Mom: It’s the fourth or fifth time this has happened! I don’t have anything to wear! I had to pull what I’m wearing out of the dirty clothes! We need to go shopping and replace my wardrobe!

Juliana: Yes, we do. Hang on, though . . .  a few things are in the laundry, so we can’t be sure what we still have and what we need to replace. I know! Why don’t we wait till all your clothes come back from the laundry, then do an inventory and make a shopping list?

Mom: That’s a good idea. We won’t buy me anything till we know what I need. But let’s go shopping anyway and buy you something pretty!

There you have it: problem solved, or at least postponed, which is good enough. Once Mom is shopping, she always forgets about the inventory. And don’t tell me people with dementia can’t learn new things, because Mom has learned to play this scene with very little prompting. It’s not an improv anymore; it’s a bona fide script:

Me: They stole your laundry? Oh no! That’s horrible.

Mom: It’s the fourth or fifth time this has happened! I don’t have anything to wear! I had to pull what I’m wearing out of the dirty clothes! We’ll have to go shopping and replace my wardrobe. But I’m not going to buy anything until we do an inventory and see what I really need.

Me: Okay. That makes sense.

Mom: Let’s go shopping anyway and buy you something pretty!

We’ve been playing this scene for years now, and it never gets old. (Okay, I’m a little tired of it, but it still makes Mom feel better, and that makes our visits much more pleasant.) Professional caregivers call this technique “redirection”. I call it improv. Either way, it works, as long as you stay flexible. Improv is just that – a game, an experiment, something to play with. You never know what’s going to work — which brings me back to Shakespeare and checkers.

If a director wants me to play checkers in scene one of King Lear, I might think it’s a stupid idea, but I’m obligated to try it. My job is to say yes. Who knows what I’ll discover if I’m willing to give it a shot? Maybe it won’t work and we’ll throw out the checkers . . . but maybe, someone on stage will wind up playing chess, and an elaborate chess game will become a metaphor for the play. We won’t know unless we try.

The same applies to caregiving. As my mother’s cognition changes, I need to keep an eye out for new ways to improvise a good life. It’s not always easy, but as long as she’s willing to play, I’ll keep saying yes. Yes, and . . . .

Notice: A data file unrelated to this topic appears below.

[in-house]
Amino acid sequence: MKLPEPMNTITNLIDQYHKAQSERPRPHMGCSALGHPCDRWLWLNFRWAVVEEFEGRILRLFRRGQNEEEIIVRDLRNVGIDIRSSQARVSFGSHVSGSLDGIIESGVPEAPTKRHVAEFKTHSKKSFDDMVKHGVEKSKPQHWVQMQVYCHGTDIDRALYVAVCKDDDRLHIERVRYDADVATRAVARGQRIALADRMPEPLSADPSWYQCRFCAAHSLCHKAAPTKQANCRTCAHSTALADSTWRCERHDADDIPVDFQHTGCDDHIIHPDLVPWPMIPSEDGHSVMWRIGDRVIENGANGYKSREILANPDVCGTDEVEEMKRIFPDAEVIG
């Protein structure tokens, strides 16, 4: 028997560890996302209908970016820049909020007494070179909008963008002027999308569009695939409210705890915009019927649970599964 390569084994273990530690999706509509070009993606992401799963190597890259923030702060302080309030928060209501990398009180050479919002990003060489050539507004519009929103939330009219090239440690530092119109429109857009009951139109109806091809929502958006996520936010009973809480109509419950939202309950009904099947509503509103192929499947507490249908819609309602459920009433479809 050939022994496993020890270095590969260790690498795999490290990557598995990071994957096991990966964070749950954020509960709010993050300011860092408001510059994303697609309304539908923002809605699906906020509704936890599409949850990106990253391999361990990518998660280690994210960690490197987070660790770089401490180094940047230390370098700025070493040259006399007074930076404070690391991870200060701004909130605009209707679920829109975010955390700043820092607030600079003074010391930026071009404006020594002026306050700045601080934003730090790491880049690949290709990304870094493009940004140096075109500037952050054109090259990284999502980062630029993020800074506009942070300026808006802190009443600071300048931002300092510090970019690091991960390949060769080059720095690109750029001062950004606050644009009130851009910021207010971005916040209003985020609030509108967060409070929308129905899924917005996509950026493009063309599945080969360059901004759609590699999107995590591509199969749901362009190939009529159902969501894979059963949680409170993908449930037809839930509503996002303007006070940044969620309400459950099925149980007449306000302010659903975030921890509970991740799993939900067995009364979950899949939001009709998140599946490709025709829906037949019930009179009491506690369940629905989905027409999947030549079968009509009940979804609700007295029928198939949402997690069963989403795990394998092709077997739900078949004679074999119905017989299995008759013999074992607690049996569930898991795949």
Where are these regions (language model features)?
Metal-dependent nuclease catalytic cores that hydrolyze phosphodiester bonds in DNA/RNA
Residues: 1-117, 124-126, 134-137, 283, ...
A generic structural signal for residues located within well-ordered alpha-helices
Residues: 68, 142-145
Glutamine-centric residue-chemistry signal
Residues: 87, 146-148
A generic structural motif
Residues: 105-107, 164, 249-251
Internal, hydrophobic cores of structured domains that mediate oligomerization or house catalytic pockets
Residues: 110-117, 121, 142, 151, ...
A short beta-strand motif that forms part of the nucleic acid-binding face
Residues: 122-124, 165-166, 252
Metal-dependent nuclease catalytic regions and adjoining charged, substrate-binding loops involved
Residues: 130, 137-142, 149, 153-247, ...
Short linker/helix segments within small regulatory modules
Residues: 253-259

June Shopping December 2017

Shopping for ornaments last Christmas at a local consignment store. 

This post is part of a serious about acting and caregiving. You can find the first post here, the second here, and the third here.

The Act of Caregiving

I like to say that actors are the luckiest people on earth, because we get to play for a living.

I’m not saying my profession is all fun and games. Acting takes a lot of work — learning the craft, mastering technique, using your voice and body effectively, auditioning, getting rejected over and over again, and then — if you’re lucky — getting cast, rehearsing, memorizing lines, crafting a performance, and pouring your heart out for an audience night after night.

This work takes focus, energy, and a willingness to live in the moment. It’s similar to sports or music — you can prepare and practice for years (and you’d better, if you want to be any good), but when you’re in the middle of a performance, you have to turn loose and play. Nothing matters but what’s happening right now. You’re prepared, yet flexible; grounded, yet utterly spontaneous.

Actors never forget how to play. Even as adults, we hold onto our childhood ability to pretend, explore, and experiment. We embrace the full range of human emotions. We don’t judge the characters we play, we relish them — the villains as much as the heroes, the clowns as much as the tragic victims. Our job is to step into someone else’s reality and behave as if it were our own. We imagine what it’s like to live in another person’s skin, to deal with their frustrations and celebrate their joys. We learn to give ourselves over to their truth, while never completely losing sight of our own.